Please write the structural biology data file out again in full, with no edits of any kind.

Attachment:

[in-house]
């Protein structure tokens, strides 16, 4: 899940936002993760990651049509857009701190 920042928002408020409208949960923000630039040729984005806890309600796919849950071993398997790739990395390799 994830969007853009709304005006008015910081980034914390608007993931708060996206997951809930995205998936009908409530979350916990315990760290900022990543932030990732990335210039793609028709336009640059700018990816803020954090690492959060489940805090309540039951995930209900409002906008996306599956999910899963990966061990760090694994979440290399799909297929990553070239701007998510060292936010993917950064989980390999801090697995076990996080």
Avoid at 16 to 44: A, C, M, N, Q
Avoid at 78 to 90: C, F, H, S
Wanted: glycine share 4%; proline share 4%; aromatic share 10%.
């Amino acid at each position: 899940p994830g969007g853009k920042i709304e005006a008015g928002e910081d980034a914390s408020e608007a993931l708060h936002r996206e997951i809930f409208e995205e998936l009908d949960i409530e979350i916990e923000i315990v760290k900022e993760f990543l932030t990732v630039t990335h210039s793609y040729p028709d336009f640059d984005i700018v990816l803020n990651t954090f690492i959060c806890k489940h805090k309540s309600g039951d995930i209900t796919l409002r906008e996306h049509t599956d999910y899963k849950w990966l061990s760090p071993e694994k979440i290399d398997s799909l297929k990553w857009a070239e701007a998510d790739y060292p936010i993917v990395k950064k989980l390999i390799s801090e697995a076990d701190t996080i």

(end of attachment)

[in-house]
């Protein structure tokens, strides 16, 4: 899940936002993760990651049509857009701190 920042928002408020409208949960923000630039040729984005806890309600796919849950071993398997790739990395390799 994830969007853009709304005006008015910081980034914390608007993931708060996206997951809930995205998936009908409530979350916990315990760290900022990543932030990732990335210039793609028709336009640059700018990816803020954090690492959060489940805090309540039951995930209900409002906008996306599956999910899963990966061990760090694994979440290399799909297929990553070239701007998510060292936010993917950064989980390999801090697995076990996080």
Avoid at 16 to 44: A, C, M, N, Q
Avoid at 78 to 90: C, F, H, S
Wanted: glycine share 4%; proline share 4%; aromatic share 10%.
């Amino acid at each position: 899940p994830g969007g853009k920042i709304e005006a008015g928002e910081d980034a914390s408020e608007a993931l708060h936002r996206e997951i809930f409208e995205e998936l009908d949960i409530e979350i916990e923000i315990v760290k900022e993760f990543l932030t990732v630039t990335h210039s793609y040729p028709d336009f640059d984005i700018v990816l803020n990651t954090f690492i959060c806890k489940h805090k309540s309600g039951d995930i209900t796919l409002r906008e996306h049509t599956d999910y899963k849950w990966l061990s760090p071993e694994k979440i290399d398997s799909l297929k990553w857009a070239e701007a998510d790739y060292p936010i993917v990395k950064k989980l390999i390799s801090e697995a076990d701190t996080i």